Sources:

“Troy Woman Kills Her Husband: Later Expresses Regret and Persuades Officer to Take Her to the Funeral.” Undated and unsourced news clipping shared by chold114 on Ancestry.com.

“Court Convenes April 11: Thirteen Criminal Cases on Calendar Before Judge Steele – Jurors Called for April 18.” The Spokesman-Review (Spokane, WA), April 10, 1910, p. 18 – via newspapers.com.

“Try Woman for Murder: Laura E. Loftus, Is First Woman Tried on That Charge in Latah County.” Spokane Chronicle, April 19, 1910, p. 8 – via newspapers.com.

“Father of Three Pictures Sister with Shotgun Firing at Husband.” The Spokesman-Review, April 20, 1910, p. 5 – via newspapers.com.

“Laura E. Loftus Pleads Insanity.” Spokane Chronicle, April 21, 1910, p. 25 – via newspapers.com.

“Idaho Jury Frees Woman Who Admitted Killing Husband.” The Spokesman-Review, April 22, 1910, p. 5 – via newspapers.com.

 

29 thoughts on “Justice for Mrs. Loftus

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      1. I believe most of the story you read came from his testimony. He was the widower of Laura’s sister. Seemed he was more in a position to protect Mr from Mrs than vice versa. Certainly at the time of the murder she was in no imminent danger from her husband.

        Liked by 1 person

  1. I was sure this was going to end in a conviction, given the clear premeditation, the second shot, the witness, and the fact that she was not in immediate danger so no self-defense. I don’t know how the insanity defense was treated back then, but somehow I do think there was more here than meets the eye, and the jury took pity on her.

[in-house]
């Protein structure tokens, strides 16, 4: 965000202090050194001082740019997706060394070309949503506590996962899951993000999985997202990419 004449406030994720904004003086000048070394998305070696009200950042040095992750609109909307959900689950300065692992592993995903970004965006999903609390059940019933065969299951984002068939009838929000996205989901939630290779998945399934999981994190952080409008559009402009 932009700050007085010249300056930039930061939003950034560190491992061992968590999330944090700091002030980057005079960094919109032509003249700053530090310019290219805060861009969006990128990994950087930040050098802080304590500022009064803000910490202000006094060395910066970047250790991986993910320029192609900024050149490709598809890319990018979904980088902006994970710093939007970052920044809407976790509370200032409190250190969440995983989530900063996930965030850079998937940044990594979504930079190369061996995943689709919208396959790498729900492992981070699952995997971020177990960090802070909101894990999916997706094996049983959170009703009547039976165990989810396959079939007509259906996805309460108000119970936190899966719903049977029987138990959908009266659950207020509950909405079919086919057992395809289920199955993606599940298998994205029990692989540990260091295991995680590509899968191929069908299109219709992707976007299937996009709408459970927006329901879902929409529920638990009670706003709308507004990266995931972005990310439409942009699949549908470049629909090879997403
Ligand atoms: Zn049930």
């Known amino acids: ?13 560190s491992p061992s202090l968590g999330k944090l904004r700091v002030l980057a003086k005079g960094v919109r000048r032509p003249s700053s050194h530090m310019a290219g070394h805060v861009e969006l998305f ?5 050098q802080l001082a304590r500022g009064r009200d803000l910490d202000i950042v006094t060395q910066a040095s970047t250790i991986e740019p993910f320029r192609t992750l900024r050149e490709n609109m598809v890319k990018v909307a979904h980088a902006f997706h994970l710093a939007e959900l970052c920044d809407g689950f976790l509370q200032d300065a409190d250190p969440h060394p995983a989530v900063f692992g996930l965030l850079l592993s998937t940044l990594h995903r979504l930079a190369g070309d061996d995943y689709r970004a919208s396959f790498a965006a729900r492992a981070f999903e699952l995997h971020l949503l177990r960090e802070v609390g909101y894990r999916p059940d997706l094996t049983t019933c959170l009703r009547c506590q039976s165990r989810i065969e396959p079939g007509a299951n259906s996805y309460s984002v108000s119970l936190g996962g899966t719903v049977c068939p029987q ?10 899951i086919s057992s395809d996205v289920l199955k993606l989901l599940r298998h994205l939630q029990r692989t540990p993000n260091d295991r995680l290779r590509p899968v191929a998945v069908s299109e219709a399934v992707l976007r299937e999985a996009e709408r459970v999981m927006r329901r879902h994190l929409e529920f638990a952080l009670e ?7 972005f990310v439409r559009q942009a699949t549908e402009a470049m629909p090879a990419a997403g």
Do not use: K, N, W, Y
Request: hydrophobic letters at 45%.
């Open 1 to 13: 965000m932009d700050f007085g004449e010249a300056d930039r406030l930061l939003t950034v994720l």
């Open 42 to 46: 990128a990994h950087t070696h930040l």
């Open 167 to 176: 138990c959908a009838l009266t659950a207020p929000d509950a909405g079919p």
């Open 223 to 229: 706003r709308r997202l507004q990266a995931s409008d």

Wow, too bad you can’t ask your GGF some questions!

    Liked by 1 person

    1. It truly seems a miscarriage of justice. Laura was eventually institutionalized like her family members and that’s where she died in 1931 at age 56. It does seem mental illness was a family trait. Still doesn’t excuse such a killing in my book.

      Like

  2. A strange and curious case and verdict. I believe it was unusual for women back then to be convicted, maybe they viewed them as the inferior sex and more susceptible to emotions?

    Liked by 1 person

  3. Wow. It would be interesting to know what the town thought of Mr. Loftus. Perhaps he had a reputation for being intoxicated and obnoxious? There is a backstory here for sure. If he was disliked, perhaps that would explain the verdict?

    Liked by 2 people

    1. It really was an astonishing verdict. I must try to find out what turned the tide with these jurors. My grandmother absolutely adored her father. He died much too young. Even my mother never met him.

      Liked by 1 person

  4. The sensational stories are definitely the most interesting ones though! I hate to always go back to Little House (you probably think I have a sick obsession by now), but I do wonder if they were any relation to the Loftus family that owned the store in De Smet, given that extended families often moved out west together. Interesting case regardless!

    Liked by 1 person

    1. I agree wholeheartedly. I love the juicy ones. I wouldn’t have a clue about the Loftus family of De Smet. I didn’t really delve into William Loftus’s history. If I ever revive my research into the case, I’ll do that. Not exactly top-shelf priority.🙂

      Liked by 1 person